June 1st, 2022 | 14:57 CEST
Allkem, Almonty, BYD - Are super batteries causing share prices to explode?
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"[...] China's dominance is one of the reasons why we are so heavily involved in the tungsten market. Here, around 85% of production is in Chinese hands. [...]" Dr. Thomas Gutschlag, CEO, Deutsche Rohstoff AG
Allkem - Use the break in the share price rally to enter the market?
The share of the Australian lithium giant Allkem has gained a good 100% in the last twelve months and thus reached a new all-time high a few days ago. The reason is the global excess demand for battery-grade lithium. According to management estimates, this will continue for quite some time and ensure that the price for battery-grade lithium will climb up to USD 35,000/t in the second half of the year (average price in the last six months: USD 27,236/t).
Therefore, the current price setback should not mean an end to the price rally. However, there are efforts in the scientific community to replace lithium as a battery material. The focus is currently on sodium-based solid-state batteries. The reason for this is the more straightforward procurement of sodium, which can be found dissolved in the form of table salt in the world's oceans, as well as improved safety. Unlike lithium-ion batteries, sodium batteries are not flammable. However, development here is still in the early stages.
A substance also needed for efficient electrolytes in sodium batteries is boron or its compounds as hydroborates. Here, too, Allkem is one of the few producers in the world to extract and refine boron at two mines in Argentina (Borax Argentina) acquired from Rio Tinto. In 2021, Allkem sold nearly 41,000 tons of the refined substance and its chemical compounds.
Almonty Industries - Tungsten production for the battery revolution
The weak point of today's lithium-ion batteries is the electrode material, for which graphite is used. Although this is readily available and in sufficient quantities, it also represents the bottleneck for current flow. In addition, graphite heats up relatively quickly and strongly, necessitating an additional cooling effort.
Researchers at Cambridge University have now unveiled a lithium-ion battery with an electrode made of niobium tungsten oxide (NWO). The material ensures a highly rapid charging process (to over 90% capacity in 5 minutes) due to a much higher mobility of the ions, and it produces much less heat than lithium-ion batteries (a maximum of 40°C is reached).
Here is where the Canadian company Almonty comes in. In addition to existing properties in Spain (Los Santos, tungsten concentrate) and Portugal (Panasqueira, tungsten-tin), the Company is currently building the world's largest tungsten mine in Sangdong, South Korea.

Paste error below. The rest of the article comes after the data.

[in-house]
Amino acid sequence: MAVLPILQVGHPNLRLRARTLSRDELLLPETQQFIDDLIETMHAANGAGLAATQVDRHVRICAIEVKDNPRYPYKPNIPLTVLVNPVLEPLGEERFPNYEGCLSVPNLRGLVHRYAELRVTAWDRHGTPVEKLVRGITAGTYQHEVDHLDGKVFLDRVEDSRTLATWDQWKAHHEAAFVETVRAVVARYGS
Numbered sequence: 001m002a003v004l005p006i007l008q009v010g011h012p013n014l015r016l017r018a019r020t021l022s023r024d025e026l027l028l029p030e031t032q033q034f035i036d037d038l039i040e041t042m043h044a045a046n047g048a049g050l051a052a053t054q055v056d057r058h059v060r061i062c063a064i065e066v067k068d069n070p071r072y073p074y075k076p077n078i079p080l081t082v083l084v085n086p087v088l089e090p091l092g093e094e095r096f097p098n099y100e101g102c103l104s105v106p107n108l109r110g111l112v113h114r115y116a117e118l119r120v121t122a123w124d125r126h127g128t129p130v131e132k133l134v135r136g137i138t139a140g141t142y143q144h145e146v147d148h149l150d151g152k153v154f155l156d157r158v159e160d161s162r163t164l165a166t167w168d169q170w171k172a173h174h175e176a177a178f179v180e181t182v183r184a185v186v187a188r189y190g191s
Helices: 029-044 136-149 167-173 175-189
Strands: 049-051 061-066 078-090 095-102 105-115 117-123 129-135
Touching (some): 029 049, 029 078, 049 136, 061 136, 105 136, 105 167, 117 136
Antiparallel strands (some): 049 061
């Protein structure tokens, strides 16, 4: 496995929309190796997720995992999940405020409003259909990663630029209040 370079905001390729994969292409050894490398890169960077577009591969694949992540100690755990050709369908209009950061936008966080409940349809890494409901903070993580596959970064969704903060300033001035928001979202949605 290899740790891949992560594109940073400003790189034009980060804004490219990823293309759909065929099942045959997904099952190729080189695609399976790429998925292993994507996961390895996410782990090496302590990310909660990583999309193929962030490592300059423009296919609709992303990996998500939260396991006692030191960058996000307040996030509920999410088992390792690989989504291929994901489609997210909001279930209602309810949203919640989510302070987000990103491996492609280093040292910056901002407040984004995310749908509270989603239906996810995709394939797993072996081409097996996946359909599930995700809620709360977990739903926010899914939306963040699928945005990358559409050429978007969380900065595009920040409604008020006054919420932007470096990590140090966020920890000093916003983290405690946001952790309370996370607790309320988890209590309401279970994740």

The project is expected to produce around 30% of the tungsten supply outside China from Q3/2022 (long-term: 50%) and is being supported, among other things, by a loan of USD 75.1 million from the German KfW Bank. The USD 3.3 million private placement to directors and existing insiders required as a condition of the loan was completed in May.
Almonty, whose third-largest shareholder with a stake of around 12.2% is, incidentally, Deutsche Rohstoff AG from Mannheim, is thus approaching the start of production with giant strides. The Company is currently valued at around CAD 174 million. The analysts of First Berlin see the price target at CAD 1.55, which corresponds to an upside potential of around 90%.
BYD - Strong player, also as a battery producer
Chinese battery giant CATL is putting pressure on developing solid sodium batteries. The Company has filed several patents that increase the performance of its solid-state cells by 25%. On the other hand, Competitor BYD is initially focusing on lithium iron phosphate (LFP) technology with its blade battery, which has a lower energy density than lithium-ion batteries but enables more robust, cheaper and lighter cells and is suitable for so-called cell-to-body technology (CTB).
Here, the battery is integrated directly into the vehicle's body so that the body also forms the upper cover for the battery. At the end of March, the Company unveiled its first vehicle, the "Seal" sedan, with this technology, which has a range of around 700km. But the Company is also keeping the transition to solid sodium batteries open. These can easily be manufactured on the existing LFP production lines. It can be assumed that research on this is already being carried out at full speed in the BYD laboratories.
What will the future of e-mobility look like? Will it be based on hydrogen or batteries? Allkem will still be safely positioned for the next few years with its main product, lithium. The group is undoubtedly thinking about the future behind the scenes. The acquisition of the boron mines fits the picture here. Almonty is very exciting. Tungsten is a material with future potential, and the prospect of 50% of world production is enticing.
Conflict of interest
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